Axis Of Feature In Culture Northern Ireland
There must be something in the water up Portstewart way – at least in the Friers household. Local noisemakers And So I Watch You from Afar, featuring guitarist Rory Friers, are one of Northern Ireland’s most striking recent success stories. In the space of just a few years, the instrumental rockers have gone from playing for peanuts in Portrush pubs to headlining Belfast’s prestigious Ulster Hall. Now, Rory’s younger brother Ewen wants in on the act.
The junior Friers is the singer and bassist in Axis Of, a politically charged punk band from the north coast. Based in Portstewart and Belfast, 20-year-old Friers is joined by Niall Lawlor, also 20, on guitar, and drummer Gybb Harrison, 25. The trio lay siege to Auntie Annie’s Porterhouse in Belfast this month for two special shows – one, on January 12, to launch their new "Brobdingnagian" single, the other, on January 24, to help raise funds for the Northern Ireland Green Party.
Speaking to CultureNorthernIreland during rehearsals for the gigs, guitarist Lawlor insists that Axis Of don’t want to overstate the ASIWYFA connection. ‘We had a strong fan base in the “triangle” area [of Coleraine, Portrush and Portstewart] before And So I Watch You from Afar were anywhere near the size they are now,’ he says. ‘It did help us get a foot in the door, but I think people genuinely have to like us to come see us or listen to us.’
Axis Of, who list Converge, the Clash, At the Drive-In and Mastodon as prime influences, have their roots in Ulster’s rough and ready pop-punk scene. The members’ former bands include Man Over Bored, Bulbous Head and the Dragged. Since adopting a more serious style, the three-piece have unleashed an EP – 2007’s 'Applemeat' – and an album – last year’s 'The Echo Conspiracy'. Lawlor believes that "Brobdingnagian" is another step up.
‘We always used to get compliments on our lyrics, but it’s only recently that the music has started to stand by itself,’ he says. ‘Our message is definitely going to be less intriguing if the songs are dull or unoriginal.’ Still, Lawlor insists that Axis Of’s lyrics – which cover everything from the swine flu pandemic to the recent killing of some of Ireland’s reintroduced white-tailed sea eagles – remain a key part of the band.
‘Eventually our message will get through to people,’ he says, ‘and it’s their choice whether they take it in or ignore it.’ Axis Of hope to avoid ‘preaching’ to listeners, however. ‘The lyrics are our thoughts, our opinions, stories, maybe recommendations,’ says Lawlor, ‘but never instructions.’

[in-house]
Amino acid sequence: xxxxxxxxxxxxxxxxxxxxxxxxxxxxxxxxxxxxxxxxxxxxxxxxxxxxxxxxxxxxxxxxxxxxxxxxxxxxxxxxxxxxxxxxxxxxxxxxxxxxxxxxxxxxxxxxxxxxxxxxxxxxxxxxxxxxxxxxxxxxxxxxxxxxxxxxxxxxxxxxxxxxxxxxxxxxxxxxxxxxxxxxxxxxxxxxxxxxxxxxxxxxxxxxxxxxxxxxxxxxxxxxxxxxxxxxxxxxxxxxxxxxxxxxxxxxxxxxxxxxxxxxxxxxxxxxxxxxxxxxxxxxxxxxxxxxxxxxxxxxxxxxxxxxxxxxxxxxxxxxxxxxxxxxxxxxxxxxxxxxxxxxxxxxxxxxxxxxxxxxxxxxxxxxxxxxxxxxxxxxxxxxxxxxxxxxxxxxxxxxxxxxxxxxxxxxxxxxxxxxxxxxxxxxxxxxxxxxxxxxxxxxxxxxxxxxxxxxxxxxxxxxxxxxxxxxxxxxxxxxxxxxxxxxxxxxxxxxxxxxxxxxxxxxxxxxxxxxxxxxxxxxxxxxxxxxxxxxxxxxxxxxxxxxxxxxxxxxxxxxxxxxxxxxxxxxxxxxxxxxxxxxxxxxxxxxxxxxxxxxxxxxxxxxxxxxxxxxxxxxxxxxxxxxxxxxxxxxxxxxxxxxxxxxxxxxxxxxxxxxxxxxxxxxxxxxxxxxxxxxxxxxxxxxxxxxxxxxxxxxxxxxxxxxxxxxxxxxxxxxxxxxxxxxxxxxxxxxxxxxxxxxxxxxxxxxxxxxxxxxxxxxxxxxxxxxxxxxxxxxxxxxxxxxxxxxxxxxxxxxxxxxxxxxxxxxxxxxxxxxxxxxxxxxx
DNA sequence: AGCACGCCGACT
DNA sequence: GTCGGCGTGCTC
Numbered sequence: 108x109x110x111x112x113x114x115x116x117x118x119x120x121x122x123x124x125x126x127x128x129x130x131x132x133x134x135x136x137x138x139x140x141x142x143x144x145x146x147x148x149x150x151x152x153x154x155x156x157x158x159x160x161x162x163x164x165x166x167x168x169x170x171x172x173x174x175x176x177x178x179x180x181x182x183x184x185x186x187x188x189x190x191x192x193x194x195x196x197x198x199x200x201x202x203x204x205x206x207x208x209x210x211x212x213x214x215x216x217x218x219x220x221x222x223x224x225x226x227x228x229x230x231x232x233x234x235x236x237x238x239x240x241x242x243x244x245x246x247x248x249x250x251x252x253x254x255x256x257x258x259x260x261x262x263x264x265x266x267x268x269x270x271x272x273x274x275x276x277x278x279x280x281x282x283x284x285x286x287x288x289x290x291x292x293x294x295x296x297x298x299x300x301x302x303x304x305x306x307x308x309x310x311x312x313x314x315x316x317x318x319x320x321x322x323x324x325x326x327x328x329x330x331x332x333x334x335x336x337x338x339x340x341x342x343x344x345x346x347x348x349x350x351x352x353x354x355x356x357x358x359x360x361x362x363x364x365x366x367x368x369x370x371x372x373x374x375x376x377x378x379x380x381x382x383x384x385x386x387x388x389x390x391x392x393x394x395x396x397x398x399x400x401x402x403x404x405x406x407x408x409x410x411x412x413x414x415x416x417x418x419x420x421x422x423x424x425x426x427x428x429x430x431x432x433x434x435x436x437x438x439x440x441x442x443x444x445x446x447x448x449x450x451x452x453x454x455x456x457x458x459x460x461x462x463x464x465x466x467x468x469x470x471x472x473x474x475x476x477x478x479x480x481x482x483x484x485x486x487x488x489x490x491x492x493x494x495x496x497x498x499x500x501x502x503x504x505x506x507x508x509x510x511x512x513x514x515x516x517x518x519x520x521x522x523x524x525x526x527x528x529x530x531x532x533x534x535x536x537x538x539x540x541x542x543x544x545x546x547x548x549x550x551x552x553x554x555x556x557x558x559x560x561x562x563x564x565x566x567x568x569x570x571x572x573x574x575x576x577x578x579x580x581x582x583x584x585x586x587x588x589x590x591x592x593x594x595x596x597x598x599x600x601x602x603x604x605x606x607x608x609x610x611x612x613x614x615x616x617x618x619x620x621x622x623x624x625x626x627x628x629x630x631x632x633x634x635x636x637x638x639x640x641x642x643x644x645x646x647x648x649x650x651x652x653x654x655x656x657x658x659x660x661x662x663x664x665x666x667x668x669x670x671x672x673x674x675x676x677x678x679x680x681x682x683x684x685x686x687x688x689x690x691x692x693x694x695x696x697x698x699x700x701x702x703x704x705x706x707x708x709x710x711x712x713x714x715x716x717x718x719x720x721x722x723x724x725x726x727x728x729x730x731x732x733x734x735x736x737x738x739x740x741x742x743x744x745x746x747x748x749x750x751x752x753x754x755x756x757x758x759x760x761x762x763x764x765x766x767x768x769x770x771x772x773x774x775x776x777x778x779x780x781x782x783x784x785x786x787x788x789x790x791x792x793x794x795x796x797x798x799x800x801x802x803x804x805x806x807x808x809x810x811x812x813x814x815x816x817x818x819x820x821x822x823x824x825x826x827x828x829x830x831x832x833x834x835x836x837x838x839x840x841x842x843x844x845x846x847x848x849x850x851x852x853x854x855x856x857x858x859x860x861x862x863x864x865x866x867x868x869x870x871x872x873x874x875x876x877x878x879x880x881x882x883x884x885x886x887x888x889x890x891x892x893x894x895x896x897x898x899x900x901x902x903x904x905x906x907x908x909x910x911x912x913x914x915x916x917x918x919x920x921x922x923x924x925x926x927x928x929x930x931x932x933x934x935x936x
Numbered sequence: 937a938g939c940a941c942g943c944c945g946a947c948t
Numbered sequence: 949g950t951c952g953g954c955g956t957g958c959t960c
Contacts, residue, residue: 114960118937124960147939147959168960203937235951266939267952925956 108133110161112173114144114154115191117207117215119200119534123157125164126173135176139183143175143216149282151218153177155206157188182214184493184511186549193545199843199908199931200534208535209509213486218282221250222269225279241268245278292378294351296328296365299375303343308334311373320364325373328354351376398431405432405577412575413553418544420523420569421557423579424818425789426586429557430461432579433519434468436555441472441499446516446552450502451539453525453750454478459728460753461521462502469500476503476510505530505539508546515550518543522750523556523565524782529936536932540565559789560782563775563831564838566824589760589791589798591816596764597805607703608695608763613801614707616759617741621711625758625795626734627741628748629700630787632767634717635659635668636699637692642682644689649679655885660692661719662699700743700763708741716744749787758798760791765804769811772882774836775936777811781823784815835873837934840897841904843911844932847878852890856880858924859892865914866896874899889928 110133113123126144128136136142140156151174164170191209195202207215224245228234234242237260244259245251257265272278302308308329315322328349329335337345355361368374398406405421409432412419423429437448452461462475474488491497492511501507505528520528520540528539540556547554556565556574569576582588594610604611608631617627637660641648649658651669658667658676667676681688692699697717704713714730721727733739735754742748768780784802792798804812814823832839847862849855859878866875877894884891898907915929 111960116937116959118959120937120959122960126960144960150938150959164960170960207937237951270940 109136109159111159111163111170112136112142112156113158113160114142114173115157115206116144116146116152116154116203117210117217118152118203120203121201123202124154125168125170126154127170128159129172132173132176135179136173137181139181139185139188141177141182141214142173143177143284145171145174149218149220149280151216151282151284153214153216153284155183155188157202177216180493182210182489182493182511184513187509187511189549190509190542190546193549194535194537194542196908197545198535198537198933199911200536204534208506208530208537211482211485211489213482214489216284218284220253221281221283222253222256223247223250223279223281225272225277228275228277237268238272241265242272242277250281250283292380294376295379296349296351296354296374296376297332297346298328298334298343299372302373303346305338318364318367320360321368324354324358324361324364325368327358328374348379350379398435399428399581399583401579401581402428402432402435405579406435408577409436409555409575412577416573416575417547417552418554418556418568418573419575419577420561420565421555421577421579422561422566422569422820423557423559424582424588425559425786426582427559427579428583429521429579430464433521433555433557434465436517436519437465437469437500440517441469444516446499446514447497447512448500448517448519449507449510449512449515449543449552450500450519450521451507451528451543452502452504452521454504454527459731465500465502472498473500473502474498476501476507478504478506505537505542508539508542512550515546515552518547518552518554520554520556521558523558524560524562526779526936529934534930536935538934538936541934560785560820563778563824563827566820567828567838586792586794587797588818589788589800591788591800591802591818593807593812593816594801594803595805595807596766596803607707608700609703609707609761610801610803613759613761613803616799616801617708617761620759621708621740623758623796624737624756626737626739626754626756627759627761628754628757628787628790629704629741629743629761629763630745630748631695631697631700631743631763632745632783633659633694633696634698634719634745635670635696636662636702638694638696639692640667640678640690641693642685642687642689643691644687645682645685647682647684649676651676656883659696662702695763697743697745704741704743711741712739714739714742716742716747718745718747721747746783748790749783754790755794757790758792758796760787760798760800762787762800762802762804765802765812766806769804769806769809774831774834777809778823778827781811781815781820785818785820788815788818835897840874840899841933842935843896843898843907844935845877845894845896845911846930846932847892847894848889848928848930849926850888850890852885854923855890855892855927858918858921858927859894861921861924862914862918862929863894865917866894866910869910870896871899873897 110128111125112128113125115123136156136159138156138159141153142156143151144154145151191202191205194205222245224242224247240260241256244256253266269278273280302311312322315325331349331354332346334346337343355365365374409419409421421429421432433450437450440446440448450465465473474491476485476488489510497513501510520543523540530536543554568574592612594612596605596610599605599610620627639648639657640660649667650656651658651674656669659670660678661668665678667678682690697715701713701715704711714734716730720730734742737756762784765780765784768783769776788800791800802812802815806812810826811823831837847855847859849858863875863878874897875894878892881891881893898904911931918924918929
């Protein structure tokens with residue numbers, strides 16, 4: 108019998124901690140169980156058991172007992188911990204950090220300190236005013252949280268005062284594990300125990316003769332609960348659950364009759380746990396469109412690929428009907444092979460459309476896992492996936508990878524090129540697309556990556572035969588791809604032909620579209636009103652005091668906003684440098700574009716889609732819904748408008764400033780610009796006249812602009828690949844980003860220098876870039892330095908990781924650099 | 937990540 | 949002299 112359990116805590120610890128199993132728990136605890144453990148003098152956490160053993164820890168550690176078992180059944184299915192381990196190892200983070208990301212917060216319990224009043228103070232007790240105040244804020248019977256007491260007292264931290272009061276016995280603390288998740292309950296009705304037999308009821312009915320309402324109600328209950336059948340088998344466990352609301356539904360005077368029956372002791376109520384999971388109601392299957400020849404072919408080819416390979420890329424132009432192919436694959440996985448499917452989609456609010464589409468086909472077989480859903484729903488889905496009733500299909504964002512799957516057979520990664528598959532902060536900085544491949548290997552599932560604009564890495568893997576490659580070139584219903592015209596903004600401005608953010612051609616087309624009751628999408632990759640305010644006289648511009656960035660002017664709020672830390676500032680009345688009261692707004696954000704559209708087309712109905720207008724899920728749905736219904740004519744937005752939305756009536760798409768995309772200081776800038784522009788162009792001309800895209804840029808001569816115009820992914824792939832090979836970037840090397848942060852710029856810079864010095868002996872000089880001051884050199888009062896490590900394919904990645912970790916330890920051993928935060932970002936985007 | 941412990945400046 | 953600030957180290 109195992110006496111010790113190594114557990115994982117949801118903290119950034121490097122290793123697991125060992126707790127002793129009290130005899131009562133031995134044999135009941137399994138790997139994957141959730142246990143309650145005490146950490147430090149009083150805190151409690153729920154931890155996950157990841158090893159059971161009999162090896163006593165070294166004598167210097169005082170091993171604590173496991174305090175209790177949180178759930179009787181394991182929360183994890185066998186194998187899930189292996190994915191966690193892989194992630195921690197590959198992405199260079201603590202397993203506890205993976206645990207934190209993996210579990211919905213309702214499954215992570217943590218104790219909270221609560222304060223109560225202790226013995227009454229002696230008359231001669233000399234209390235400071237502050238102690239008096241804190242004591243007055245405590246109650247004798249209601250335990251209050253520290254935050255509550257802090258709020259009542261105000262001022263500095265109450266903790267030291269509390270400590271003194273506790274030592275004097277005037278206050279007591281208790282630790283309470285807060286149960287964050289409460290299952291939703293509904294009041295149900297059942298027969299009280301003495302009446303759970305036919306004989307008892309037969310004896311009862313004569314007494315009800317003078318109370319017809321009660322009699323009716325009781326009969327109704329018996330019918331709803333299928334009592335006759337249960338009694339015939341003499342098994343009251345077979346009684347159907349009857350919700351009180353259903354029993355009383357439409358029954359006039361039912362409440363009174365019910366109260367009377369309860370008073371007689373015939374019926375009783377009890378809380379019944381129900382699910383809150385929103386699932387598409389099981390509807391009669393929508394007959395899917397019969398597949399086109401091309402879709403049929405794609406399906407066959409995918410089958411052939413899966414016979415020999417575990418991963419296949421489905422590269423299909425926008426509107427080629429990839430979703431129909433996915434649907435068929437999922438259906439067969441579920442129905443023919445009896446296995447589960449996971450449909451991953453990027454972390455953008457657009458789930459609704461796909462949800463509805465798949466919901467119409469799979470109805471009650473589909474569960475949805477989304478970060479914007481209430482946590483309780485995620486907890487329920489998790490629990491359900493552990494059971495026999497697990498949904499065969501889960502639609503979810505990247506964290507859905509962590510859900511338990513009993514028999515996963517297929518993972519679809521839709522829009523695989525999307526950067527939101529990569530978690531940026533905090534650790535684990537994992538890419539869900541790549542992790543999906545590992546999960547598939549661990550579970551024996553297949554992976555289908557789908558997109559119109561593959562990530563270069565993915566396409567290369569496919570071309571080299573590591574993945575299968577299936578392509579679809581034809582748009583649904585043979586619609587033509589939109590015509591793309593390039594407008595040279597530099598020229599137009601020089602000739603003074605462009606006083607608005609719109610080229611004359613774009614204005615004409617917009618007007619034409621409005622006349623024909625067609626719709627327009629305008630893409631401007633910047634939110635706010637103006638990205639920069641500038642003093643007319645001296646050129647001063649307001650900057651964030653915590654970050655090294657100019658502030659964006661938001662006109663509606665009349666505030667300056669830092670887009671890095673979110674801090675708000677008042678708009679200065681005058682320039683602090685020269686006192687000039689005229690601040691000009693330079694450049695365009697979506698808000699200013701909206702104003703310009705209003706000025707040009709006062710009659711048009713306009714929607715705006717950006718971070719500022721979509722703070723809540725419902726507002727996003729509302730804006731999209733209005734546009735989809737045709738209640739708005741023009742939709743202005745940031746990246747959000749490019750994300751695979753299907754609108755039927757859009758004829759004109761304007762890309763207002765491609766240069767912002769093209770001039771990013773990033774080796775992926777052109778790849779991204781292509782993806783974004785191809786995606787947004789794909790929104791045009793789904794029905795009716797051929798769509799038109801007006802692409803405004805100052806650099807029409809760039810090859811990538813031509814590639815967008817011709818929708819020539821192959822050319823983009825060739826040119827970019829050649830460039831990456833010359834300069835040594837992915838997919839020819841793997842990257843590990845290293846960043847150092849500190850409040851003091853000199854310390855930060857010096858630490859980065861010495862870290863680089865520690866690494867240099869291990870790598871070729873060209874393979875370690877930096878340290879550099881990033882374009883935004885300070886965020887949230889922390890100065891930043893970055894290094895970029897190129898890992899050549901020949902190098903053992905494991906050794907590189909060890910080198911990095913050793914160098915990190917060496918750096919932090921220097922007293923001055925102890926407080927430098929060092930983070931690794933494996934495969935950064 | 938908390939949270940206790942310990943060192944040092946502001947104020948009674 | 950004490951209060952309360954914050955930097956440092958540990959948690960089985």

Friers, Lawlor and Harrison conjure an impressively colossal sound for a three-piece, and "Brobdingnagian" – named after the fictional land in Gulliver’s Travels – is an apt title. Lawlor says the main challenge of being a trio is ‘competing with all the four- and five-pieces we normally play with. I think a lot comes down to how much care you take with your sound. In terms of touring, a three-piece makes things easier. Promoters are a lot more accommodating, money shares better and travel is much more comfortable.’
The band certainly seem more sussed than most. The Big List described Axis Of as ‘the politically motivated clenched fist of youth’, while even AU magazine and BBC Radio Ulster’s Across The Line programme are taking notice. Again, Lawlor stresses it is due to the strength of their music, not their relationship to ASIWYFA.
‘Even when we were promoting our album – which we’d be the first to admit wasn’t up to scratch – and our link to Rory hadn’t been emphasised, ATL and AU gave us some decent coverage. You hear about how they overlook the punk and metal scene a lot, but I wonder how many of the punk and metal bands simply don’t ask for coverage.’
On tour, Axis Of have played with the likes of Propagandhi, Leftöver Crack and The Mad Caddies. They also completed a UK tour opening for ASIWYFA. ‘I love mixing up the kind of gigs we play,’ says Lawlor. ‘For example, our first gig of last year was supporting the Restarts, whilst our final gig of the year was supporting In Case of Fire – both equally enjoyable. Even when we toured with ASIWYFA we still played a few gigs by ourselves, one being a brilliant squat in Leeds, which was one of the highlights of the tour.’
For those encountering Axis Of for the first time at Auntie Annie’s, Lawlor promises ‘a high-tempo rock gig, with a lot of unusual aspects. We try to engage the crowd as much as possible, and really put on an intense show. It’s extremely important to us that the live show at least matches the recordings, and hopefully betters them. We want to reach out to everyone possible. I’d be just as happy playing to a punk as I would to a 45-year-old traffic warden!’
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